Posted: July 25, 2008
For the first time, astronomers have witnessed the expulsion of a shell of dusty gas around a freshly erupted nova and tracked its evolution for over 200 days, providing a new and invaluable way of estimating the distances to nearby novae.
Nova Scorpii 2007a, which was discovered on 4 February 2007 in the constellation Scorpius, provided the focus for the Very Large Telescope Interferometer (VLTI) study. Novae are understood to occur in a double star system once a dense white dwarf star has over-fed on material from a companion red dwarf star, causing the white dwarf to explode in a bright display of fireworks often visible to the naked eye.
Observations were carried out at the Very Large Array on the Paranal Mountain in Chile. Image: ESO.
A high resolution survey was carried out by astronomers using the VLTI over five months following the explosion, who witnessed and tracked the formation and evolution of dust around the object, the first time such measurements have been made. The first observations were secured 23 days after the nova’s discovery and showed that the stellar source was extremely compact, less than 1 milli-arcsecond in diameter, comparable to viewing one grain of sand from about 100 kilometres away. A few days later the source measured 13 milli-arcseconds.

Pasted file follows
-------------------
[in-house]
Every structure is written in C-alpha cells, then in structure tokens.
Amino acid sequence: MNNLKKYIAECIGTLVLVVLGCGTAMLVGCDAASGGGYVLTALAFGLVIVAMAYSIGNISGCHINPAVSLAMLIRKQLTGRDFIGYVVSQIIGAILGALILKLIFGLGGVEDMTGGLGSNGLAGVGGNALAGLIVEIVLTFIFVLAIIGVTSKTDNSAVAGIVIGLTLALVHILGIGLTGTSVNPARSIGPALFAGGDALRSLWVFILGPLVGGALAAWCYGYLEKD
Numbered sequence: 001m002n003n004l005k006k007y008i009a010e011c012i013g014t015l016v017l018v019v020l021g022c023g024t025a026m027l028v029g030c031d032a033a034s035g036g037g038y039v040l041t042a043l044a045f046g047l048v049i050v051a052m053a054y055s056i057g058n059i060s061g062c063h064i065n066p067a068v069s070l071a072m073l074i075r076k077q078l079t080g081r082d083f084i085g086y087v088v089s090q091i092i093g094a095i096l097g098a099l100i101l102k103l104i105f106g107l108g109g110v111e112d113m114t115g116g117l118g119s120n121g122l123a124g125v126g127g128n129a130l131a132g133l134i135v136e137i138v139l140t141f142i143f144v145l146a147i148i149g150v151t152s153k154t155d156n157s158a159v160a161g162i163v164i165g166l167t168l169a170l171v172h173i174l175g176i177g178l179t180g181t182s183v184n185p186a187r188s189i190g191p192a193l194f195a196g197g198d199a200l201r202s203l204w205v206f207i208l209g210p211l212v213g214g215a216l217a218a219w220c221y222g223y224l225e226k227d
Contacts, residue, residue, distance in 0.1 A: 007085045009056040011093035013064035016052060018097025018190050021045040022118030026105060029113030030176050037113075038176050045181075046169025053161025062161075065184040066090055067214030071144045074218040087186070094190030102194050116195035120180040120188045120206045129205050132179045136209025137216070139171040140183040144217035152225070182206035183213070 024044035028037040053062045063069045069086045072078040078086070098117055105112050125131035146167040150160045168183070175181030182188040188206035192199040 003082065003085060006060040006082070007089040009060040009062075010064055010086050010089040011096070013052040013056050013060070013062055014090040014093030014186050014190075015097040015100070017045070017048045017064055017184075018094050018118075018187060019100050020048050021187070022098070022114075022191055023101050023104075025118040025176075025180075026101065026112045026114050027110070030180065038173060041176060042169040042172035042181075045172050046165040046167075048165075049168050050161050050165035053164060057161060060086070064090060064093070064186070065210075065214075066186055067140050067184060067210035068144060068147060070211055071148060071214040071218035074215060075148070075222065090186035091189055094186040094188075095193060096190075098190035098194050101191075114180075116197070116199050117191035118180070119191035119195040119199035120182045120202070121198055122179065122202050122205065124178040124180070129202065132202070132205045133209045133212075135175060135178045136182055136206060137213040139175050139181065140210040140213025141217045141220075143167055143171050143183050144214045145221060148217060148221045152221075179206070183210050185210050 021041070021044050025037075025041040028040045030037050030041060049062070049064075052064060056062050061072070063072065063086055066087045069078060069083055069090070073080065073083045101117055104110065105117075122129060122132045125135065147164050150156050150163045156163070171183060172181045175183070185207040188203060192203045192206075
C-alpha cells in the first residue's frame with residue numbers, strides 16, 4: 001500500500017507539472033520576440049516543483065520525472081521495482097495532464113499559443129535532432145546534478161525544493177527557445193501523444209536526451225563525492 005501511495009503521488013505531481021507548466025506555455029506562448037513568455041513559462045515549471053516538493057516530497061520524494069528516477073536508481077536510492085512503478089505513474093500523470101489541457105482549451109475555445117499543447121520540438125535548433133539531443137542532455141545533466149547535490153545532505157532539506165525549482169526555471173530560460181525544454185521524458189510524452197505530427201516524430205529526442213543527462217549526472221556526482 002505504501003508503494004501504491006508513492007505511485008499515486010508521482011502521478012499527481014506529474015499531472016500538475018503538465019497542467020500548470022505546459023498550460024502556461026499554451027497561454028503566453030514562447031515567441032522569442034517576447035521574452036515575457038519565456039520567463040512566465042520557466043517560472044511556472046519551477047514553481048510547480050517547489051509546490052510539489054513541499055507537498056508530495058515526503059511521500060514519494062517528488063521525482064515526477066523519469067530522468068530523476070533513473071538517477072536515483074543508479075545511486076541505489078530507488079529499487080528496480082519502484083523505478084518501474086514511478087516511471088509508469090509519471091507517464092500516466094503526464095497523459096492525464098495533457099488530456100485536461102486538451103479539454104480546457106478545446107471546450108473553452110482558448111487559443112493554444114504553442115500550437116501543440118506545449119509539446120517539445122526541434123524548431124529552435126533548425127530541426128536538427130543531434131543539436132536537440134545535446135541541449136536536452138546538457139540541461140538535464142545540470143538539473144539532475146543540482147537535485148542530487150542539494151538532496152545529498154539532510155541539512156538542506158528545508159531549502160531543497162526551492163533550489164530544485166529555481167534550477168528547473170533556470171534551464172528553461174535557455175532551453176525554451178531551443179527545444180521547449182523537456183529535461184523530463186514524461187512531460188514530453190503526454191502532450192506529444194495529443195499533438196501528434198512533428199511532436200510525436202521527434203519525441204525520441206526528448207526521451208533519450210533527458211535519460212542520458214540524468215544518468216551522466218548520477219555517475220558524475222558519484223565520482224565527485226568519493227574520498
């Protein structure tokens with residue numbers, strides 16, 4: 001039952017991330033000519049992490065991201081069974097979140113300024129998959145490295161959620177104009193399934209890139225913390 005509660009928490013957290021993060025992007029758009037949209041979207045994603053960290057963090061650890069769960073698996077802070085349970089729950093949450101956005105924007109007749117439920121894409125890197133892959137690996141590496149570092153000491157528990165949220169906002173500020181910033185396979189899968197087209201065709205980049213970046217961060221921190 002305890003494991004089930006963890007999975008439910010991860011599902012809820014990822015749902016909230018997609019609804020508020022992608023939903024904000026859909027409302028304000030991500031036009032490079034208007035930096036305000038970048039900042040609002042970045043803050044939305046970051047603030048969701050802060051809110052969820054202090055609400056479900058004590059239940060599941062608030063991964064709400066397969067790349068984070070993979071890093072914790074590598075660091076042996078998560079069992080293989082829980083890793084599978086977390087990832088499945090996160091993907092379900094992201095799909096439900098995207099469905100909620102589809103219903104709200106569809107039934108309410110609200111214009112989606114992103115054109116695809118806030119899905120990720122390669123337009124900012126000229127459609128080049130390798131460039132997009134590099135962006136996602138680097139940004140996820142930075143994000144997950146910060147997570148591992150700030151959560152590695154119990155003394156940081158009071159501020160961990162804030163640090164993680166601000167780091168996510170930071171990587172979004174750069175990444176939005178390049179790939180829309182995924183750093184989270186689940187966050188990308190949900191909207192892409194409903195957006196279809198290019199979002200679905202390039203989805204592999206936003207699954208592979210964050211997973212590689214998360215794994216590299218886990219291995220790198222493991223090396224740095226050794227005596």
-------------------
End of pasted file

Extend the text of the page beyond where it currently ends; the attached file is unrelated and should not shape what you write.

"It is most likely that the latter size corresponds to the diameter of the dust shell in expansion, while the size previously measured was an upper limit of the erupting source," explains lead author Olivier Chesneau.
The ring of dusty debris was present for more than 200 days, during which it expanded at a rate close to 2 million kilometres per hour. The erupting source was screened from view, becoming more than 10,000 times dimmer at visual wavelengths over those 200 days.
"This is the first time that the dust shell of a nova is spatially
The astronomers speculate that the mass of dust ejected from the star could be equivalent to over 30 times the mass of Earth, an impressive feat when considering that the star itself was less than the radius of the Earth, with the dust component comprising less than one percent the mass of the star. However, factors such as the stability of the dust, and the duration of dust formation will effect this value, and “the error bar is large” says Chesneau, “because it is difficult to know exactly when the dust production stops”.
The measurement of the angular expansion rate away from the source enabled the astronomers to derive an accurate distance to the object, in this case about 5500 light-years, providing a new and promising technique for obtaining distances of nearby novae. The observations also provided new details on the feeding mechanisms of these stellar vampires.
Chesneau reveals that the next step will be to study the emission lines of the erupting star, and to look for other novae events to learn more about their first moments. “Each line form carries a lot of information about the local density and temperature,” he says. “As interferometrists, our speciality is to spatially resolve the first moments; the goal is to see the line forming regions as early as possible.”
For Nova Scorpii 2007a, further analysis can be performed with other telescopes - such as Hubble - since the ejecta can now be more easily spatially resolved.
An animation of the evolution of the dust shell can be found on the ESO website.